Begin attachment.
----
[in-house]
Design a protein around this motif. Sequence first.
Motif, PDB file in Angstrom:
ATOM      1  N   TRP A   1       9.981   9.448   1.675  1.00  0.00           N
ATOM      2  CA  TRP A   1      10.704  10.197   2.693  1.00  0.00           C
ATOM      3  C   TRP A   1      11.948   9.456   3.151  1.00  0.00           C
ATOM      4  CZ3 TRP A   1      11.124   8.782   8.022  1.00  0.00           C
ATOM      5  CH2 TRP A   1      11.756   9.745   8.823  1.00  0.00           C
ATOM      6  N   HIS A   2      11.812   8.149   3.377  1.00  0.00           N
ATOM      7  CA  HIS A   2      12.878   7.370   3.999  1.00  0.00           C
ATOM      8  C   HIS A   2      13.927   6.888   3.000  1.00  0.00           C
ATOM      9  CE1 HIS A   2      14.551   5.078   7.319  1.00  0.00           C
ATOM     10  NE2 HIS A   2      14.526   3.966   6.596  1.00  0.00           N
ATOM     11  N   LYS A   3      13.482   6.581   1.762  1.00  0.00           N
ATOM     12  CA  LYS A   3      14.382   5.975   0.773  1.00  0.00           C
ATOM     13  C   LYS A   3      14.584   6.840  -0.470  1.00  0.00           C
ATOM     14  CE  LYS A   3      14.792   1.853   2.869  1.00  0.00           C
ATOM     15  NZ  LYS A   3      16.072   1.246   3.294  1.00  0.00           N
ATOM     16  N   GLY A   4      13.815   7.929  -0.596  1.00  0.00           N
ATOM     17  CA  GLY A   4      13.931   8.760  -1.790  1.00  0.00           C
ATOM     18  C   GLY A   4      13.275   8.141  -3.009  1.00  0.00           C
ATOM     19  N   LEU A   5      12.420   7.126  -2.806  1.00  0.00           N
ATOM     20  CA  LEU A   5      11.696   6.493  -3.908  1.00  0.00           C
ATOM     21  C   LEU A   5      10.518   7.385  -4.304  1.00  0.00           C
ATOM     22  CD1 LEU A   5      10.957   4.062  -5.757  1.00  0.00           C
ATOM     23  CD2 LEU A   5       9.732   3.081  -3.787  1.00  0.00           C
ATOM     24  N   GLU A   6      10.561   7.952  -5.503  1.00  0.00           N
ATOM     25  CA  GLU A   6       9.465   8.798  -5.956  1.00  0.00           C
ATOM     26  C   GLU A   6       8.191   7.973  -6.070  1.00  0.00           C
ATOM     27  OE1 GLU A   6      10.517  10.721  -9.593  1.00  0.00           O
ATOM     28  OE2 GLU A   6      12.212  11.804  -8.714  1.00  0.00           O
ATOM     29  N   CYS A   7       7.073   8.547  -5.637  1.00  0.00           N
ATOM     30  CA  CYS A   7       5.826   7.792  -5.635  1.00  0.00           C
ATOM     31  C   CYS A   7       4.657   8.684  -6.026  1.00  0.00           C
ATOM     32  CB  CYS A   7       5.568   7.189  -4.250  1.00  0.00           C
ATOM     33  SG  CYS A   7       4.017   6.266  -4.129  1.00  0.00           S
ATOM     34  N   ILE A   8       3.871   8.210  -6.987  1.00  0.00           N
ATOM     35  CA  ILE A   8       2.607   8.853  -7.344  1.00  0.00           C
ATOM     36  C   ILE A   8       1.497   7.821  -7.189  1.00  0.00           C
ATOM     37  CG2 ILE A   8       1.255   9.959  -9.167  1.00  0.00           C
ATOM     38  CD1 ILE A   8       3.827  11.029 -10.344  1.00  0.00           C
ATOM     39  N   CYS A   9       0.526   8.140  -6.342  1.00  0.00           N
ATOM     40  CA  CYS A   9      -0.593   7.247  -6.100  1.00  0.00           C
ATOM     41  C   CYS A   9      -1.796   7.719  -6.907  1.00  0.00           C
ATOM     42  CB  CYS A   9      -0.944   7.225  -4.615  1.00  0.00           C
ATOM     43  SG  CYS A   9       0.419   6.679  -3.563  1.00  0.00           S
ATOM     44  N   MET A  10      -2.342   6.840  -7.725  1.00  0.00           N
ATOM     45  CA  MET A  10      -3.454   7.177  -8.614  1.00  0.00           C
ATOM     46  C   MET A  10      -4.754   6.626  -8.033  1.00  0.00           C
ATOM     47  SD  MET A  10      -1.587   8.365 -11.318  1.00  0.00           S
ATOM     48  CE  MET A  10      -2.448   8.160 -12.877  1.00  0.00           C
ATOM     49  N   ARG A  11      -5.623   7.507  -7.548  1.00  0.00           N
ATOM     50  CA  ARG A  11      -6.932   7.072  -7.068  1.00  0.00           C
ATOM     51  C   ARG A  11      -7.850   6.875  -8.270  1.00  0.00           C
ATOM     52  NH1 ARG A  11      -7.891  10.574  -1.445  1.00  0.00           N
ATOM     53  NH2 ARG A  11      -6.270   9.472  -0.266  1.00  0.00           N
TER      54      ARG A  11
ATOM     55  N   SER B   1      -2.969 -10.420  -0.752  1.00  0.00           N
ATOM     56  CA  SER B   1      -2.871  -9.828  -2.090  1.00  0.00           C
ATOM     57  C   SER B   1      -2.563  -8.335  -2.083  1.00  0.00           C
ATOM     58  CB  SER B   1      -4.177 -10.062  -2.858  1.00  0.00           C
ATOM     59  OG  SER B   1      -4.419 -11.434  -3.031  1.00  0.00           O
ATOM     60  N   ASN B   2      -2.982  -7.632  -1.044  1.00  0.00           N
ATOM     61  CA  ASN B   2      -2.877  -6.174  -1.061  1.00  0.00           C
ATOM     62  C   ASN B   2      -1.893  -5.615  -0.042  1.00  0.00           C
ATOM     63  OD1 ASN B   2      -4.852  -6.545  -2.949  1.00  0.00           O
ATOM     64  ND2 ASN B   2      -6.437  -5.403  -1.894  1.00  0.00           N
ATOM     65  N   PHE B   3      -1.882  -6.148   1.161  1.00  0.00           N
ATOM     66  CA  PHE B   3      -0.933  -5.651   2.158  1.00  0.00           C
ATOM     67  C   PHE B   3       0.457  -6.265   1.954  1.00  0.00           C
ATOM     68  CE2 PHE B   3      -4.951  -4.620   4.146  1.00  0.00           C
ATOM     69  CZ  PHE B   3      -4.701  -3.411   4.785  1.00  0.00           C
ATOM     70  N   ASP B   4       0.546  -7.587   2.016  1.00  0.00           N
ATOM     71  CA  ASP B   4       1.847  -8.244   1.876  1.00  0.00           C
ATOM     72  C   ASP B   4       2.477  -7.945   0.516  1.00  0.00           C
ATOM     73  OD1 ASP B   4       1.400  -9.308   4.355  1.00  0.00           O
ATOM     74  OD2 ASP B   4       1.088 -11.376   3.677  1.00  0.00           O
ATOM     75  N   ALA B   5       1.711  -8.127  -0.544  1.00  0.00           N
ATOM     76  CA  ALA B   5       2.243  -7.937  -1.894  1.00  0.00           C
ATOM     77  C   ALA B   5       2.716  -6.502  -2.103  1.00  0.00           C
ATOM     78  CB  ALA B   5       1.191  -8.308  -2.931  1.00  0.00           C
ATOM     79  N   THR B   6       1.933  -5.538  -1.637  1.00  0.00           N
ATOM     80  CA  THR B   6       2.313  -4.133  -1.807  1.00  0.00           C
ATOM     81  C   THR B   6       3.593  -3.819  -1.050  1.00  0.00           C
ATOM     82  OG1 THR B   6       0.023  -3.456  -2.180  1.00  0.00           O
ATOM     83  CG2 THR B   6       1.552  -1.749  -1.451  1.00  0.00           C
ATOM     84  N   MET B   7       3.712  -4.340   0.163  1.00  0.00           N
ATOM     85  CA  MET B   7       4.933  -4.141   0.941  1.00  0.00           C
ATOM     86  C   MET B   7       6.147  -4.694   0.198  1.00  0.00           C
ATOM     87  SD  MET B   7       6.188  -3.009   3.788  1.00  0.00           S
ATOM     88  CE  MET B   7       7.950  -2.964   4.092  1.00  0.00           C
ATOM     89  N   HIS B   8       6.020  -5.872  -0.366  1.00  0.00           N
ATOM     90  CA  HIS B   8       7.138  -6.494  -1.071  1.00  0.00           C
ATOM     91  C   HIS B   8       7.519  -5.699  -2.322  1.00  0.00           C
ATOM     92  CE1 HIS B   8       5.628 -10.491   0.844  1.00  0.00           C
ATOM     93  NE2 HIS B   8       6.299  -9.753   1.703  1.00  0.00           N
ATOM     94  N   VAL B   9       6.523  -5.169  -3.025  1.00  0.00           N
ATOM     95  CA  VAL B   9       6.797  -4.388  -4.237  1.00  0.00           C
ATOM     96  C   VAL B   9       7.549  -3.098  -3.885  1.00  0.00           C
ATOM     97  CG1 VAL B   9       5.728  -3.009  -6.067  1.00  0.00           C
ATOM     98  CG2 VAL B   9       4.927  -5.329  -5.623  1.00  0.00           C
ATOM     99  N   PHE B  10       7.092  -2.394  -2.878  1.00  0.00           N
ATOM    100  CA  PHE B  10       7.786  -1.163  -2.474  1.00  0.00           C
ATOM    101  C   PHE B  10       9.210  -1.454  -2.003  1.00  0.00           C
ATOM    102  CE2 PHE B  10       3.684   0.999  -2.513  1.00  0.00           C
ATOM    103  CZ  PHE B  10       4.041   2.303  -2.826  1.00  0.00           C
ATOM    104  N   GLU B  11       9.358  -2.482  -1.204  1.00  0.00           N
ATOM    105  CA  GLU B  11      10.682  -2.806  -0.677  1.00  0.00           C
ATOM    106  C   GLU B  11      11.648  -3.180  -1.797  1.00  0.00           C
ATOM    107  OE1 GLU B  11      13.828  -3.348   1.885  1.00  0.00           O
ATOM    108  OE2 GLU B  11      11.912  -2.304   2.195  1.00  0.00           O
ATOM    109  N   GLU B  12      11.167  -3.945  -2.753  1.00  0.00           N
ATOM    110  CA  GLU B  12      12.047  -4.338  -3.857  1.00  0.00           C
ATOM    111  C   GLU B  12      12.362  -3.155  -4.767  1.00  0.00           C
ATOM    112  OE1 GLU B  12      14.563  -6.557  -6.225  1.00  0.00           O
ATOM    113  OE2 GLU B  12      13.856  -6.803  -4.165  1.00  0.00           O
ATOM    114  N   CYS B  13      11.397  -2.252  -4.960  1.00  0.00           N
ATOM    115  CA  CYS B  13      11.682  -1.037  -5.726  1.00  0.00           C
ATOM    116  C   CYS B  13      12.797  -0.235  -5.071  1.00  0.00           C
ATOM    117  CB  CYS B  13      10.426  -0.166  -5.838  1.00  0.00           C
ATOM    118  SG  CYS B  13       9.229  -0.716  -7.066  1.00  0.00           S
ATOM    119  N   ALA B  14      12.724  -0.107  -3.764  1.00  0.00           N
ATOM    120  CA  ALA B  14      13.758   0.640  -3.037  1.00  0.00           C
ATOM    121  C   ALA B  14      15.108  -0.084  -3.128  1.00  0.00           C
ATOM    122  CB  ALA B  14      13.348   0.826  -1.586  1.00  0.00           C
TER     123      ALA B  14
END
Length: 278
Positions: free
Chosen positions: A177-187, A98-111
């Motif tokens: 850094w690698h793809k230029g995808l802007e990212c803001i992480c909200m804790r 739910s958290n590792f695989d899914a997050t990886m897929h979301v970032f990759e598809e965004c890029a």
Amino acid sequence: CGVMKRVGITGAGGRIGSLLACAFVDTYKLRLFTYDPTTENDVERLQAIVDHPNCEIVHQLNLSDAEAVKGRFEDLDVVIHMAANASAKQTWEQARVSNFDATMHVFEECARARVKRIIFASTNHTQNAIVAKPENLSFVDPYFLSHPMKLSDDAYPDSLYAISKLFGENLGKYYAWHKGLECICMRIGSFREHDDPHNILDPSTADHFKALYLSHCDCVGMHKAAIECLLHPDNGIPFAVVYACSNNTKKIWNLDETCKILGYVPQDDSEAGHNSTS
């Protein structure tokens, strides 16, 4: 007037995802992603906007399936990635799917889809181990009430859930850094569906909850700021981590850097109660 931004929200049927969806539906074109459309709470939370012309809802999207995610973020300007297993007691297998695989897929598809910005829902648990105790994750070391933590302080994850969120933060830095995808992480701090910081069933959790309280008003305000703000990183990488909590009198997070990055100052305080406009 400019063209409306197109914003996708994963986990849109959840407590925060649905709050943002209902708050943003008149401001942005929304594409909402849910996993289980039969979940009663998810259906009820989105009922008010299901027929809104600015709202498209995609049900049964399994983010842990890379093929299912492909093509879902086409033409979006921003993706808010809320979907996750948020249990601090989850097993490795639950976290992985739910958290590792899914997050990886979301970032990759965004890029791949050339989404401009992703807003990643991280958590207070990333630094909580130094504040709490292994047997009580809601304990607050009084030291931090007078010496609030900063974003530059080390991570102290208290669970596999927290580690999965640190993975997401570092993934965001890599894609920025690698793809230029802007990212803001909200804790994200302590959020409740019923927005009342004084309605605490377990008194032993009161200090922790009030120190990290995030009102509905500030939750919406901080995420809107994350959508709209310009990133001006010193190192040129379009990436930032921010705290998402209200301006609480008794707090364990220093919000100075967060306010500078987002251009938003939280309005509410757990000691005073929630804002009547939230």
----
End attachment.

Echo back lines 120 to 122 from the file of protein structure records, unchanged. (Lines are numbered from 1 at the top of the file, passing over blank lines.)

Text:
ATOM    117  CB  CYS B  13      10.426  -0.166  -5.838  1.00  0.00           C
ATOM    118  SG  CYS B  13       9.229  -0.716  -7.066  1.00  0.00           S
ATOM    119  N   ALA B  14      12.724  -0.107  -3.764  1.00  0.00           N